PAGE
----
Now comes the point where Lewis gets really clever. He says that modern man has essentially made himself into an animal by not realizing the reality of Transposition. The materialist (I would say Scientist, but I mean that only in regards to those who hold some form of Scientism) looks at the world and sees only facts – this is the way it is. The result of this is that

He is therefore, as regards the matter at hand, in the position of an animal. You will have noticed that most dogs cannot understand pointing. You point to a bit of food on the floor; the dog, instead of looking at the floor, sniffs at your finger. A finger is a finger to him, and that is all. his world is all fact and no meaning (p. 114).

As someone who has trained a couple of Labrador Retrievers to follow hand signals, I relate to this one. This then results in things like evolutionary psychology:

A man who has experienced love from within will deliberately go about to inspect it analytically from outside and regard the results of this analysis as truer than his experience (p. 114).

And in the end

The critique of every experience from below, the voluntary ignoring of meaning and concentration on fact, will always have the same plausibility. There will always be evidence, and every month fresh evidence, to show that religion is only psychological, justice only self-protection, politics only economics, love only lust, and thought itself only cerebral biochemistry (pp. 114-115).

Hence he has progressed from speaking in tongues to the Scientistic (not scientific) deconstruction of all that is true, good, and beautiful. And it all boils down to not being able to make proper application of the signs, the pointers, that we have been given. We’ve looked at the painting and only seen it as chemicals on solidified tree pulp when we should have stood in awe and prayed for the hastening of the day when the frame would be removed and the real color would appear.

More to come.

You will not understand a word
Of all the words, including mine;
Never you trouble; you can see,
And all directness is divine—
Stand up and keep your childishness:
Read all the pedants’ screeds and strictures;
But don’t believe in anything
That can’t be told in coloured pictures.

-G.K. Chesterton


  1. BC Cook says:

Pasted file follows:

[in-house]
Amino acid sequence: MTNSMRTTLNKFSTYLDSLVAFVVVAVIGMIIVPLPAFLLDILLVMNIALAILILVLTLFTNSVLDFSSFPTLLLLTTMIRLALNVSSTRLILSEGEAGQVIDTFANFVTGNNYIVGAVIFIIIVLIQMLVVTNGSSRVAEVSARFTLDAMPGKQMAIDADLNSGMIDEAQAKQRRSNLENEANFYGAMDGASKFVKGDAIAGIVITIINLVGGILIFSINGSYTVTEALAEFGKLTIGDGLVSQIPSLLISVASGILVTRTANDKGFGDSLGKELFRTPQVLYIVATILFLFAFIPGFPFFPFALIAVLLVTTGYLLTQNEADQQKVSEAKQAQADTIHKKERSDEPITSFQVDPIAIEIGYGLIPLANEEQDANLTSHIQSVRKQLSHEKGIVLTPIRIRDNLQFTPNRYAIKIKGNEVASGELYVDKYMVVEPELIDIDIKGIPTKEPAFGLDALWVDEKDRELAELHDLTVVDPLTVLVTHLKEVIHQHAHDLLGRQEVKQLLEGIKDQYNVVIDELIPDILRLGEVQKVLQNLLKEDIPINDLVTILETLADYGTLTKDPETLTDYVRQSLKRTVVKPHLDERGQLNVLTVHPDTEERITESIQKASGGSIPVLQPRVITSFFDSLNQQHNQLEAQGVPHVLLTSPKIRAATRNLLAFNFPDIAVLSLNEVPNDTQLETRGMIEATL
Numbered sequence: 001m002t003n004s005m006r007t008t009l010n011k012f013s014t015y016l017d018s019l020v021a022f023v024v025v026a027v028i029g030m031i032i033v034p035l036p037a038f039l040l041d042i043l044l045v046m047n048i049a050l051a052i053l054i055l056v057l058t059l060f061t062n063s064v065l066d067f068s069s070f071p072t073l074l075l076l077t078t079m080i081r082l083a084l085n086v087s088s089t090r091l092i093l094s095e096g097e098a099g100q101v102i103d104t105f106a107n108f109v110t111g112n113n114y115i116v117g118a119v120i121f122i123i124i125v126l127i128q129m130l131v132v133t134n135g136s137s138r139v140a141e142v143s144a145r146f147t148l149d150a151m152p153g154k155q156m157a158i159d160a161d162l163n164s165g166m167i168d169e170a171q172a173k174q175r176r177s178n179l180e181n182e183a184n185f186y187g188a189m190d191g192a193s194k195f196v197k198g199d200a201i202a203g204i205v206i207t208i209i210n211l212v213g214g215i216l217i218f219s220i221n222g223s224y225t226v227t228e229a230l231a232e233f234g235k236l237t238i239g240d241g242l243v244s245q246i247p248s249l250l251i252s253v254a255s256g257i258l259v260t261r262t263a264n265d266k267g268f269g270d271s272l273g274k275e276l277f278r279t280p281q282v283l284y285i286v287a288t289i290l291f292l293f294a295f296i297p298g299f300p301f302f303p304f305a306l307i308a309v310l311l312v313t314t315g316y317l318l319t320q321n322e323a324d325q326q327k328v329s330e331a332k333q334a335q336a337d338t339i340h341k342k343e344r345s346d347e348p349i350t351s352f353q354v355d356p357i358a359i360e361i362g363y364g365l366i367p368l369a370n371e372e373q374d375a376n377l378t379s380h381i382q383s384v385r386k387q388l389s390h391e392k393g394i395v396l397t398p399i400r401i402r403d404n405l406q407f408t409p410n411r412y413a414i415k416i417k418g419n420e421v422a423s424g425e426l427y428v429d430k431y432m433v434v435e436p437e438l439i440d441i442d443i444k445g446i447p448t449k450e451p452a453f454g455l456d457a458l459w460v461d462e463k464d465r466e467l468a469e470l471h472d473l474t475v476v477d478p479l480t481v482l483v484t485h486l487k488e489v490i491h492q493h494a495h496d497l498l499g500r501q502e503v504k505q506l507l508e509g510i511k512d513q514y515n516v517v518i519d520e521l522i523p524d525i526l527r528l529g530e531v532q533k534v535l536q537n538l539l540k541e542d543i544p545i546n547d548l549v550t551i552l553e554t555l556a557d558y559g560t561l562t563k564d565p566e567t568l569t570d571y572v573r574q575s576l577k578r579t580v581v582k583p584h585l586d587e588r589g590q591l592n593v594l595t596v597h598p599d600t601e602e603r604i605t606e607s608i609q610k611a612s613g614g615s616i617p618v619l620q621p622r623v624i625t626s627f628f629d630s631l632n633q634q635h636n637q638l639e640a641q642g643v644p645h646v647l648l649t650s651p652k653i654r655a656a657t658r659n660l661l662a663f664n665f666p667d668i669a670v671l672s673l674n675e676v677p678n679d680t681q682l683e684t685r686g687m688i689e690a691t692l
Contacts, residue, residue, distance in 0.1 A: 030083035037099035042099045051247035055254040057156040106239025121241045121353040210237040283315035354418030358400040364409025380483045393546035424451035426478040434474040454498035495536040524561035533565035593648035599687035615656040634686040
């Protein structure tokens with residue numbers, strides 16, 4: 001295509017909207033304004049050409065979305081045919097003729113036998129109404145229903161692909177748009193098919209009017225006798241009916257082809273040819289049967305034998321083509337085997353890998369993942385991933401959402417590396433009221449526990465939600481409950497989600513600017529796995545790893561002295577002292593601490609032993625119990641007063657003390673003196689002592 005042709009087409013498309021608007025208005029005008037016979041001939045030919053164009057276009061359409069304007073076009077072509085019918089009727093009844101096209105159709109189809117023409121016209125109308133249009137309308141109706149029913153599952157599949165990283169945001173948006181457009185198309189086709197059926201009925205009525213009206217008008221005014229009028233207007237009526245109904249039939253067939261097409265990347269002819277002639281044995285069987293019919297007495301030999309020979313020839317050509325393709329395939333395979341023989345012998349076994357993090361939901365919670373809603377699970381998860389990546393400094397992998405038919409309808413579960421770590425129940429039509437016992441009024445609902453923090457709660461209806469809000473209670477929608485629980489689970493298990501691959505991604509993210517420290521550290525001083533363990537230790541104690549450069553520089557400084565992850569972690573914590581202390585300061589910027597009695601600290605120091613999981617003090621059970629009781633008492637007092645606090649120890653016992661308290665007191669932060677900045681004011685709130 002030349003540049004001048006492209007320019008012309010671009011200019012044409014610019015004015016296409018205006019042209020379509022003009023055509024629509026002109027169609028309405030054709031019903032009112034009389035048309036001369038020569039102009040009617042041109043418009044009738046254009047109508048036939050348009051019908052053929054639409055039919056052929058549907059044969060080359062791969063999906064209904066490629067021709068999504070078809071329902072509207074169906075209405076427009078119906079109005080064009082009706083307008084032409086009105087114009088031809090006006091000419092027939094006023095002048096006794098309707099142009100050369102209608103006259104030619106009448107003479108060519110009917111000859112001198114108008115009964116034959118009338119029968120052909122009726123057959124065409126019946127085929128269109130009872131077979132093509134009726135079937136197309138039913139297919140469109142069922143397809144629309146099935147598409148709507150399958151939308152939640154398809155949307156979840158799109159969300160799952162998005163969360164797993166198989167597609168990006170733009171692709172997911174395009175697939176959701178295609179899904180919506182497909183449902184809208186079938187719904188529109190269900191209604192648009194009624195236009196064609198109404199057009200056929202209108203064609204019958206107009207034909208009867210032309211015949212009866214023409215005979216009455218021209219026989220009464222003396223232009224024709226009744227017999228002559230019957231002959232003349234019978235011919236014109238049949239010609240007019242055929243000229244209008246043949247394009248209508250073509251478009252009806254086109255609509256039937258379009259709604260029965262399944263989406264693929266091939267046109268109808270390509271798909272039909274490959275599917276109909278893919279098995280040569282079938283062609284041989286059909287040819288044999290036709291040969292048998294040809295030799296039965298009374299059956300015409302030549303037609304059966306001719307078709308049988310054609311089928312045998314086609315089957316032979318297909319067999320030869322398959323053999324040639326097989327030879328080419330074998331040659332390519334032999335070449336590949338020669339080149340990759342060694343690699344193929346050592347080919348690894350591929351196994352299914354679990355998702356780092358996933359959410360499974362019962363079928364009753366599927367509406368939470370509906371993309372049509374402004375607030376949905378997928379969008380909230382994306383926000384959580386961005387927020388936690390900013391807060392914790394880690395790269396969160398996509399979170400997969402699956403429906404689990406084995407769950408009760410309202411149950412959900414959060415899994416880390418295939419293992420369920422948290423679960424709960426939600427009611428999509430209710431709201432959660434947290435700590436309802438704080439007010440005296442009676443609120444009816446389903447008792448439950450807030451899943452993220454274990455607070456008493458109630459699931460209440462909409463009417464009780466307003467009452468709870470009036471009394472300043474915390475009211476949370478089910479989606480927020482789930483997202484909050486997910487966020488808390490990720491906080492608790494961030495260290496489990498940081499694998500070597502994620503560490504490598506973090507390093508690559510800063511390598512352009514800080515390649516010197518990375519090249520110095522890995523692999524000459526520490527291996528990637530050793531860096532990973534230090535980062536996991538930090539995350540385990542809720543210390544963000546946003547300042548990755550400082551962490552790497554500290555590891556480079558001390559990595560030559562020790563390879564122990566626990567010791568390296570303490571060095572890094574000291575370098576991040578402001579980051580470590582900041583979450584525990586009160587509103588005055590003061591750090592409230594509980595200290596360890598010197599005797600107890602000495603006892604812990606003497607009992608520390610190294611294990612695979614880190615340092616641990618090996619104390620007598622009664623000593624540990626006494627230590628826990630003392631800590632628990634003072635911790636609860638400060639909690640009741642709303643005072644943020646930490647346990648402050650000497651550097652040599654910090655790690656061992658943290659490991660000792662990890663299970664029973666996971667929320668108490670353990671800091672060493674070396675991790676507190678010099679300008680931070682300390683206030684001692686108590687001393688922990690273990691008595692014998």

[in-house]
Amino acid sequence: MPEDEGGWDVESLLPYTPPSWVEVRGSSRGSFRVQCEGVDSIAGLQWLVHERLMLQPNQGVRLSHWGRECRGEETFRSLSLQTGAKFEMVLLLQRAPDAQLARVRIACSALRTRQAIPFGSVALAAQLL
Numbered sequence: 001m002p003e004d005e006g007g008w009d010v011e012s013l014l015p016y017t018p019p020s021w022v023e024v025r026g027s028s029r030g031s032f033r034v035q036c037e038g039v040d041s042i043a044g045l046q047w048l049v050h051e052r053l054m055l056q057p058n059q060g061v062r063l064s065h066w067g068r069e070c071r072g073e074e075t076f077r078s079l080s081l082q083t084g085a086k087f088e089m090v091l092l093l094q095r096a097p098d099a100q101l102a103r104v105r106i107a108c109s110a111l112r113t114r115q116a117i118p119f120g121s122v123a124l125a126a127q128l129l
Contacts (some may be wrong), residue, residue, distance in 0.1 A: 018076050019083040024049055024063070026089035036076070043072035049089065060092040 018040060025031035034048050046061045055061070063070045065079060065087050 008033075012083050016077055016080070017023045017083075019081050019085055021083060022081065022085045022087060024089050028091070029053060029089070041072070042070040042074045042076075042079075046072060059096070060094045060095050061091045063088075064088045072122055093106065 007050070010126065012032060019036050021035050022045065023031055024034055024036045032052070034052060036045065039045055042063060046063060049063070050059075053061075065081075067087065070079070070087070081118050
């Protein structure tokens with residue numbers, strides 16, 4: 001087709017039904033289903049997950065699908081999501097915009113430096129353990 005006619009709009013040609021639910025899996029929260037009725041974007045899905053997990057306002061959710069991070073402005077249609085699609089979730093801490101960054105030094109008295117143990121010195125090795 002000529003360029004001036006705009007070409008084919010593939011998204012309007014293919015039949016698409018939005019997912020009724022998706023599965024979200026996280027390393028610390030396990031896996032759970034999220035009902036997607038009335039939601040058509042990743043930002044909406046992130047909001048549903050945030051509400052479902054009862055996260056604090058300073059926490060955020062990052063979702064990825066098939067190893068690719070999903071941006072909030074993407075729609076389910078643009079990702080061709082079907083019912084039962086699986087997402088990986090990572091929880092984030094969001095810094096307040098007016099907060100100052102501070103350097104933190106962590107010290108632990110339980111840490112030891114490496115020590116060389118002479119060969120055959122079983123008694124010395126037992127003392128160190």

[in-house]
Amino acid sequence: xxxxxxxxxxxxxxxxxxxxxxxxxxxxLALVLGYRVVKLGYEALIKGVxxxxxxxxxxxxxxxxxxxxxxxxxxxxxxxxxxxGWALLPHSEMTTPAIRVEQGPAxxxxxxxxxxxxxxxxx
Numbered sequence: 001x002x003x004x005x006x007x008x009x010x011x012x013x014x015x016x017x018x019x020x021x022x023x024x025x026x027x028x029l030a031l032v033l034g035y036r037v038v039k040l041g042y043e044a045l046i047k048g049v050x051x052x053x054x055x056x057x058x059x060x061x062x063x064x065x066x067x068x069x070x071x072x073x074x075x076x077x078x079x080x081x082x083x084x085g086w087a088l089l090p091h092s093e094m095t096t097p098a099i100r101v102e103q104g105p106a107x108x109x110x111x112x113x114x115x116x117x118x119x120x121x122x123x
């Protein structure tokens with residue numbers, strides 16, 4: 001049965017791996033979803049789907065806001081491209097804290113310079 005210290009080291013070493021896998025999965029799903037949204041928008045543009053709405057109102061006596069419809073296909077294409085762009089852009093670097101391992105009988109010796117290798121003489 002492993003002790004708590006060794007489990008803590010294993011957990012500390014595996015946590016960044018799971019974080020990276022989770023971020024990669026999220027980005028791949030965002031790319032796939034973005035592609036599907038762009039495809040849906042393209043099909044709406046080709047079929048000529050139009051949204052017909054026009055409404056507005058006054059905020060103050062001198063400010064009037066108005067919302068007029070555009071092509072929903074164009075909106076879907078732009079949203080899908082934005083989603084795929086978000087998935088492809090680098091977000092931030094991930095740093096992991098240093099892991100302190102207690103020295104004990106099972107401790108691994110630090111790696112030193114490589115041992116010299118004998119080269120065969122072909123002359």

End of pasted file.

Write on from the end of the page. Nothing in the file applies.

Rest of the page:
You remind me here of the last chapter of the last book of Narnia, aptly titled “Farewell to Shadowlands”, in which the maxim of those entering heaven is “further up, and further in!”

    • Heath says:

      Yep, the Last Battle definitely uses the idea of transposition.

      Also, I got the Leisure book by Pieper. I obviously have other things I can read, but if you feel particularly willing to discuss it at some point let me know and I’ll start reading it (like I said, I can do it now or I can wait; it doesn’t matter to me). I think you said you had already read it, so I wouldn’t expect you to read it again; but I’d be glad to hear your comments on it as I work through it. Your thoughts on Living Into Focus were a big help to me as I tried to ‘digest’ it.

      I’m also much more prepared now to discuss issues about Owen’s idea of the Sabbath (and the Puritan view in general after reading The Market Day of the Soul). I plan on posting at some point this week about Owen’s view of the Sabbath in the new covenant.If you like, you are welcome to post (or re-post) any question I haven’t answered and I’ll give it a go in the comments. If you think I will be better informed to thoughtfully answer questions after the Pieper book, then that can wait as well. Just let me know.

      • BC Cook says:

        I’ve not read the Pieper book, but I am eager to do so. I just ordered it and will let you know when it is in. I’m happy to start as soon as it arrives.

        I would say go ahead and get at the Owen questions now. If Peiper’s work is relevant to Owen, then we can bring Owen into the Peiper discussions, and perhaps revisit the Sabbath questions.

        Have you read any of Jacques Ellul? “The Technological Society”, and “Propaganda: The Formations of Men’s Attitudes” both look enticing.

        • Heath says:

          I haven’t read any Ellul. I have seen him quoted and referenced a good bit (I remember, for instance, that Postman mentioned him a bit) in my media ecology reading. I’d be happy to give one his books a go sometime. The Maggie Jackson book (Distracted) has not gone as well as I hoped. You can find some diamonds in it, but you really have to dig; it reads too much like a magazine article.

          I’ll start the Leisure book whenever you want; just let me know. I’m doing some random C.S. Lewis and doctrinal reading right now, so I’m not committed to any big books at the moment.I invested quite a bit of time in the Market Day of the Soul and was fairly disappointed in it; plus Distracted was a disappointment. So it goes with books sometimes.